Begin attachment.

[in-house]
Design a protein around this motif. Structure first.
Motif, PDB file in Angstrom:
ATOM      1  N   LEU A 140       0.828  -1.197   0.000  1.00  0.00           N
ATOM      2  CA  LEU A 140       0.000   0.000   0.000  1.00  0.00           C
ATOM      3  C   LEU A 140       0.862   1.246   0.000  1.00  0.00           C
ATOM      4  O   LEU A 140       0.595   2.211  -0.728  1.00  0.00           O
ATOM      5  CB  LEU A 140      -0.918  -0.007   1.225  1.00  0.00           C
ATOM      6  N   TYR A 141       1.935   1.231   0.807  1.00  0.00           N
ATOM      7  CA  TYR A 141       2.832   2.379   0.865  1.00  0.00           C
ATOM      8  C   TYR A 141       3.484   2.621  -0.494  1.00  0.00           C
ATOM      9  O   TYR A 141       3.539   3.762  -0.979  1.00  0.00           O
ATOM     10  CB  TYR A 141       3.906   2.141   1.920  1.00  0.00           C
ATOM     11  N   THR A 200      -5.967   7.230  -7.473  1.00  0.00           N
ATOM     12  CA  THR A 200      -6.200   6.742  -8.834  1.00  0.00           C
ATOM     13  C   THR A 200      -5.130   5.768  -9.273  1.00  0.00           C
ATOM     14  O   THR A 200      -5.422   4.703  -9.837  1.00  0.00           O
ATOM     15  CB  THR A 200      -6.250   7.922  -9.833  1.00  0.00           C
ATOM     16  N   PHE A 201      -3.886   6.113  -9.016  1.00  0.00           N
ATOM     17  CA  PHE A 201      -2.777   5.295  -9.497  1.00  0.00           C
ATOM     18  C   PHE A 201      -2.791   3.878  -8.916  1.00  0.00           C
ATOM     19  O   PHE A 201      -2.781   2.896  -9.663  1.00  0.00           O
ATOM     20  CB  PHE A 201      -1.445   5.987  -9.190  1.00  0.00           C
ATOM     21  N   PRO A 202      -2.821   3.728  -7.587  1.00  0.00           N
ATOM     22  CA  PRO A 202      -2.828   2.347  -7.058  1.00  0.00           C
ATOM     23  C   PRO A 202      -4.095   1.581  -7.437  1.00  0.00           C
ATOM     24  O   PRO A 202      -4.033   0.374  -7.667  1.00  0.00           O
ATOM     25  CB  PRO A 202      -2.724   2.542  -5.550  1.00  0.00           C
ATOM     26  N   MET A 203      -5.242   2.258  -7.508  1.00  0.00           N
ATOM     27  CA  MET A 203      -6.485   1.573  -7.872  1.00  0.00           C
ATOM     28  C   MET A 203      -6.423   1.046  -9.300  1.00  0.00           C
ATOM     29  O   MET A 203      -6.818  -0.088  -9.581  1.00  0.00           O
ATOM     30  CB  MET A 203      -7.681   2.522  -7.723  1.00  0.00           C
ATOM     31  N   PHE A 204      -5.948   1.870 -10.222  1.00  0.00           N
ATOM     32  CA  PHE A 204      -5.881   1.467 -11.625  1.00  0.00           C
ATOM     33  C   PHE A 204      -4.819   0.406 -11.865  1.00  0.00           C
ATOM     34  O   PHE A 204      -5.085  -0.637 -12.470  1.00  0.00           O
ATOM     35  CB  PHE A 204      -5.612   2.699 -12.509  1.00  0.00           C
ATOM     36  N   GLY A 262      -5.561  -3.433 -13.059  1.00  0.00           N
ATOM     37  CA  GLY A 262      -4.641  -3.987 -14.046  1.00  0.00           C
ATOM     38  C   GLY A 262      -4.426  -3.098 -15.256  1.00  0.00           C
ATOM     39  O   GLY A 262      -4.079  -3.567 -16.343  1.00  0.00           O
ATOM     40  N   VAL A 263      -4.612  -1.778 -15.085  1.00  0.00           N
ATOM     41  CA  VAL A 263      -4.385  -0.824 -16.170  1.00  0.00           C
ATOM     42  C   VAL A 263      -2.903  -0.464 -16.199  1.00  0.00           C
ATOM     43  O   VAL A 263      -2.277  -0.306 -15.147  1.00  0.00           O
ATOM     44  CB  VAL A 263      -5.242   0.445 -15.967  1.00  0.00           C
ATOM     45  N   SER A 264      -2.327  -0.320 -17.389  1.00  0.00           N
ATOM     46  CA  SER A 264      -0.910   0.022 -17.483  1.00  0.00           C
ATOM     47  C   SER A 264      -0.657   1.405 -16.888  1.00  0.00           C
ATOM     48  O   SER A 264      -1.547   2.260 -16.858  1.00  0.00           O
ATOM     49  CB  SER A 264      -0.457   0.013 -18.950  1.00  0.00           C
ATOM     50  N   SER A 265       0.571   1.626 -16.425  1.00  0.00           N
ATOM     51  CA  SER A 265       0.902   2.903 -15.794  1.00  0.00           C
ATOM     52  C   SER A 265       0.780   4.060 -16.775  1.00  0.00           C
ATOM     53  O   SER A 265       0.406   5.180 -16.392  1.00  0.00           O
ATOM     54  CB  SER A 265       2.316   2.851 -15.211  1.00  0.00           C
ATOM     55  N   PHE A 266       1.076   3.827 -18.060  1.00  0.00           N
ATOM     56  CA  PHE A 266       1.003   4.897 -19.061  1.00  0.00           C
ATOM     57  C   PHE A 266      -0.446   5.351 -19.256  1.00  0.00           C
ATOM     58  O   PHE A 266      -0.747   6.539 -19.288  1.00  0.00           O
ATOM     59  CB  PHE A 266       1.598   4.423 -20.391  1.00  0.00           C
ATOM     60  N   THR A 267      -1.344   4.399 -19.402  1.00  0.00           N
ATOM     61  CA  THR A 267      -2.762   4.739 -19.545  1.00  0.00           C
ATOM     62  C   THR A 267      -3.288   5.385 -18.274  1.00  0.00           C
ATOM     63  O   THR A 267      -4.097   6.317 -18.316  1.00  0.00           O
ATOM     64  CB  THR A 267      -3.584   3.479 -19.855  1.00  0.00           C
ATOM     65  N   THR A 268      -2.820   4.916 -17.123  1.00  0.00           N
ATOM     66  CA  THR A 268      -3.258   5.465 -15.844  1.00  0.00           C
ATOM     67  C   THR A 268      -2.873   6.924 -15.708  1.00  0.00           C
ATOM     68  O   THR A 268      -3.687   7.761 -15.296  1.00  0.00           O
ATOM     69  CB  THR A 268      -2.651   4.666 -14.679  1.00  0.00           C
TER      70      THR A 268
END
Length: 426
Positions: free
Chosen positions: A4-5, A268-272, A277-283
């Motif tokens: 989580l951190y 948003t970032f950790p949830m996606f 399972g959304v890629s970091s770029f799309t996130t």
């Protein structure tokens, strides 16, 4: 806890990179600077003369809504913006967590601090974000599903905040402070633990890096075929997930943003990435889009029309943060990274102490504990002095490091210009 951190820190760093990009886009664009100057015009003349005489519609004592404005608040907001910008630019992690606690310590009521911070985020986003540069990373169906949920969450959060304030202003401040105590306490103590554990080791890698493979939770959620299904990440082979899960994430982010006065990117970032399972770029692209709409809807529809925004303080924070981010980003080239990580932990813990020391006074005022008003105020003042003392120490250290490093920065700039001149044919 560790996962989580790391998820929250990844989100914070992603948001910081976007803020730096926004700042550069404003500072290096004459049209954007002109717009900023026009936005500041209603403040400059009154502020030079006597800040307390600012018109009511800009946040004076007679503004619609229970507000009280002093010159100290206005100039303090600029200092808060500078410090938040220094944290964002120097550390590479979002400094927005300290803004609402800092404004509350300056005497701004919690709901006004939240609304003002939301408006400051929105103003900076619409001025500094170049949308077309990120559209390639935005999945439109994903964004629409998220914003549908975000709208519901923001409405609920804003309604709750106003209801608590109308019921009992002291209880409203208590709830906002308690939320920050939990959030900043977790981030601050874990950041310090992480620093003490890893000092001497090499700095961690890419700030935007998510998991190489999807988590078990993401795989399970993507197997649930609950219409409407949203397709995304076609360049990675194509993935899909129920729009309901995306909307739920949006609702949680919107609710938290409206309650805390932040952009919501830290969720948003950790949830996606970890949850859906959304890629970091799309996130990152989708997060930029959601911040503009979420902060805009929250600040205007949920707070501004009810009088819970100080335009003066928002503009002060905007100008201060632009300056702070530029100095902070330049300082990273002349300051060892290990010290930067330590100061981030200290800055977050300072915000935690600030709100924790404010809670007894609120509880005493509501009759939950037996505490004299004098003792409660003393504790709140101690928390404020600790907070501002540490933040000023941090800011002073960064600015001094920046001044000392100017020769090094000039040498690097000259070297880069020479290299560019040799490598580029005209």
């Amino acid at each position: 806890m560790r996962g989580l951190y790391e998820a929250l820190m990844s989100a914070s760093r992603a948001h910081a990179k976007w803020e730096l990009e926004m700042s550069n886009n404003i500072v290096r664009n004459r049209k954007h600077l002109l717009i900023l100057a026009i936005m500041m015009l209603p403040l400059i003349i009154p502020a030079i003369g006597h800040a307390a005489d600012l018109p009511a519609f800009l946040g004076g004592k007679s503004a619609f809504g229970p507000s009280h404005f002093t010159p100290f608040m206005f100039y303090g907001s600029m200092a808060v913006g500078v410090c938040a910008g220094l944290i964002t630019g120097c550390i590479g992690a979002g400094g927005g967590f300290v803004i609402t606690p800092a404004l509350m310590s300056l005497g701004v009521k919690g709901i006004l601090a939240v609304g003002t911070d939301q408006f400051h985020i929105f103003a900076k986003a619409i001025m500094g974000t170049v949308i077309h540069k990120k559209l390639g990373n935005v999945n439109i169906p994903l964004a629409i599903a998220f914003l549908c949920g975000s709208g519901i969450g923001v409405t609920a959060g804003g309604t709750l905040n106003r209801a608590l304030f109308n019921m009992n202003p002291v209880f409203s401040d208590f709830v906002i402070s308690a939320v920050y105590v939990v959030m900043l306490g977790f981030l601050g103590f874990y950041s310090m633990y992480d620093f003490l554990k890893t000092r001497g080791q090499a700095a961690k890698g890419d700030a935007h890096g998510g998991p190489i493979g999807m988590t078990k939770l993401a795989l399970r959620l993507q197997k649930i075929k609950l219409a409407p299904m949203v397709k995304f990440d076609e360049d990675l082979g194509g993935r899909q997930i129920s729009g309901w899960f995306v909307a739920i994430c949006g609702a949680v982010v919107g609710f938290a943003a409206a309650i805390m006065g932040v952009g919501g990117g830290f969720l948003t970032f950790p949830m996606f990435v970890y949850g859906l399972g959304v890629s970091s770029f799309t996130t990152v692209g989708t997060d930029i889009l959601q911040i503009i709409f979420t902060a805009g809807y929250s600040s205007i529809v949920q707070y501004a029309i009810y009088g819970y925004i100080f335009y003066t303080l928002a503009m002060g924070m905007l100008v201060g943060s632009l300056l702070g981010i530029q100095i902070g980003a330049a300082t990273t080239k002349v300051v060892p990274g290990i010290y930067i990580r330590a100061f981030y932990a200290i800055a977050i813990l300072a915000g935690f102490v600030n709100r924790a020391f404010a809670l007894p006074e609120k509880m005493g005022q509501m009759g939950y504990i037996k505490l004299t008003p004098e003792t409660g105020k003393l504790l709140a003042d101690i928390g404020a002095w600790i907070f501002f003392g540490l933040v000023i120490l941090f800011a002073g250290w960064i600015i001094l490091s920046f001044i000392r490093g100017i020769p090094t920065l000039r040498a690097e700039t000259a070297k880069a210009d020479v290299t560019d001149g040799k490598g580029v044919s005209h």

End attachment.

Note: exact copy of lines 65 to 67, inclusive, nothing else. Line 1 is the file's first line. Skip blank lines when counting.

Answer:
ATOM     62  C   THR A 267      -3.288   5.385 -18.274  1.00  0.00           C
ATOM     63  O   THR A 267      -4.097   6.317 -18.316  1.00  0.00           O
ATOM     64  CB  THR A 267      -3.584   3.479 -19.855  1.00  0.00           C